Agency, Pittsburgh police visited filthy house repeatedly, relative says
By Margaret Harding
Published: Tuesday, Oct. 1, 2013, 10:54 p.m.
Pittsburgh police and child welfare workers repeatedly visited a North Side home where officers on Monday found a locked refrigerator and six children living in fly-infested filth, the children's aunt said.
One child appeared so hungry, police said, that the 2-year-old handed an officer a package of uncooked bacon “and in a pleading voice said, ‘Please?' ”
The children's aunt, Tracy Dumrauf, told the Tribune-Review she is caring for the children.
She directed officers to the house on Lowrie Street when they responded to a neighborhood disturbance involving Dean Payne, the children's father, whom officers charged with child endangerment.
“The CYF worker was visiting the house often — a couple of times a week,” said Dumrauf, who said she began helping to care for the children, ages 1 to 12, when her sister, Mickole Persinger, 36, was jailed on child endangerment charges on Sept. 14.
“From what I see, things were not fine. They were aware. They knew what the conditions were,” Dumrauf said.
Police records show officers notified Allegheny County Office of Children Youth and Families about the home four other times since September 2012, said Cmdr. RaShall Brackney. Police charged Payne with child endangerment in April when he broke glass and two children were cut.
Neighbors said they saw children's welfare workers visit the home several times.
Jacki Hoover, an assistant CYF director, acknowledged the office is investigating.
“We are responsive to the police and we are checking into the previous allegations,” Hoover said.
Hoover said caseworkers perform on-site inspections within two hours of an emergency report, conduct a risk assessment and determine whether children can stay in a home. Workers develop a crisis plan for families and follow up with visits.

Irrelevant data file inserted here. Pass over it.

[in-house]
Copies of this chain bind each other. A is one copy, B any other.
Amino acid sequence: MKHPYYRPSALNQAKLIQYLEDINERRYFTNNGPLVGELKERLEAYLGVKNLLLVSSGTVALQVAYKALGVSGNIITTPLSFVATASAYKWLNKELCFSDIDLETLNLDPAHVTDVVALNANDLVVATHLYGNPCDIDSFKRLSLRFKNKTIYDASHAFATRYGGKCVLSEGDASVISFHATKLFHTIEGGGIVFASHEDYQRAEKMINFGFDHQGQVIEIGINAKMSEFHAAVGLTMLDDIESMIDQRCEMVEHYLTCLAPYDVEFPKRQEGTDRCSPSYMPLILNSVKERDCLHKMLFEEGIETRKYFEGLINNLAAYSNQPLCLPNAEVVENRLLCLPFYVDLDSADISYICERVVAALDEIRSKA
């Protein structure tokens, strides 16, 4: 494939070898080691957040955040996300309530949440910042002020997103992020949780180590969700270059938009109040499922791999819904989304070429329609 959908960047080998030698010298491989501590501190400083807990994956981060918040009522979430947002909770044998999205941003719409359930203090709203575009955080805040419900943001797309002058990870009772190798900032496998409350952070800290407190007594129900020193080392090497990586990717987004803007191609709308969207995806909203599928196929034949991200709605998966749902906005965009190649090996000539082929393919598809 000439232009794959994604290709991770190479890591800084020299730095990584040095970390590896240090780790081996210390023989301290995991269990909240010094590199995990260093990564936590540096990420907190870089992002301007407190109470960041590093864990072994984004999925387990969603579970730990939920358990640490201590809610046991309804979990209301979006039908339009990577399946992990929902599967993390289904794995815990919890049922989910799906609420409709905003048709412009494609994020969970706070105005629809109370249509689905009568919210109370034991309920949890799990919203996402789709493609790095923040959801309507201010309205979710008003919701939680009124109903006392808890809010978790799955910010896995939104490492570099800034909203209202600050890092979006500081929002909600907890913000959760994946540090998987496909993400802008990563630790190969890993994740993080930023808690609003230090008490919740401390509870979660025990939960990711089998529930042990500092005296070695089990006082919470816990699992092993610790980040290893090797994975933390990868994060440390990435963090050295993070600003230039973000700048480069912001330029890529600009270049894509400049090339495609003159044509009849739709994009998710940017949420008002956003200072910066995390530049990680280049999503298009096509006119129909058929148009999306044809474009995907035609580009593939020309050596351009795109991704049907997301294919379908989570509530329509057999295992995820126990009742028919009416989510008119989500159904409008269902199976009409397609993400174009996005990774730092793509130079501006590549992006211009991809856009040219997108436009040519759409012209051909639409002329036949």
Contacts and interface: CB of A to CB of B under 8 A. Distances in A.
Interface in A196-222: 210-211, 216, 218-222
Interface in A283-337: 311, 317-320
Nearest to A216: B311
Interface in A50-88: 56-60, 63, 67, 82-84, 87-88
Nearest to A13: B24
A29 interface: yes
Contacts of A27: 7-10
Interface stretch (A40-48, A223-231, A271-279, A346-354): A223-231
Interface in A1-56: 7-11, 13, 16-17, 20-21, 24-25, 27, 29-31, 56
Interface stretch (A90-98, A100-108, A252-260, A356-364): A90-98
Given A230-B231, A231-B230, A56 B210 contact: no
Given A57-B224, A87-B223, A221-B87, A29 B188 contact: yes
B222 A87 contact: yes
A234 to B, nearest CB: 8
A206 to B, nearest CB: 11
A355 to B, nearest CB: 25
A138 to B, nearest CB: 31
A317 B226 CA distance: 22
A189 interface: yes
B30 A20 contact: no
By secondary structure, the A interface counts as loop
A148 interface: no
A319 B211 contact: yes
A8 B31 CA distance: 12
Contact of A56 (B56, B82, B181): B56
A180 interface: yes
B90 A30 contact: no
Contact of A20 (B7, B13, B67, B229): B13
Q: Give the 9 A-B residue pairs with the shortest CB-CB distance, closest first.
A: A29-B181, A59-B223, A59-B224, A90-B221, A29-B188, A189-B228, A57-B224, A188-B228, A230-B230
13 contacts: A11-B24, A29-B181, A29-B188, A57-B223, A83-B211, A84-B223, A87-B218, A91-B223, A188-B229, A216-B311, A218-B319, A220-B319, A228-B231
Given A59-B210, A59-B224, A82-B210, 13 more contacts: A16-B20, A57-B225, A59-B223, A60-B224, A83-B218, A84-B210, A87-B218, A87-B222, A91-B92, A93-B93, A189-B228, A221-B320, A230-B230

“If we ... see that the services weren't working, or the family wasn't following through, we would petition the court for their involvement,” Hoover said.
Police said Payne allowed officers inside the house, where filthy carpet stuck to their boots. They found fecal matter on the bathroom floor and walls, and the children told police they were told to “use the curtain” because there was no toilet paper. Police said the gas was shut off months ago, so there was no hot water or working stove. Officers found baby clothes with black mold growing on them.
In the kitchen, swarms of insects climbed on surfaces and officers saw locks on the fridge, freezer and most cabinets.
“The conditions were horrendous,” said Brackney.
She said officers felt compelled to feed the children, who were released to CYF custody.
Payne was jailed on $10,000 bond and has an Oct. 11 hearing scheduled. His niece, Jessica Brooks, said he struggled to care for the children on his own.
“I think Dean deserves his kids, but maybe not right this second,” Brooks said. “He needs to get the house cleaned up.”
Margaret Harding is a staff writer for Trib Total Media. She can be reached at 412-380-8519 or email@example.com.
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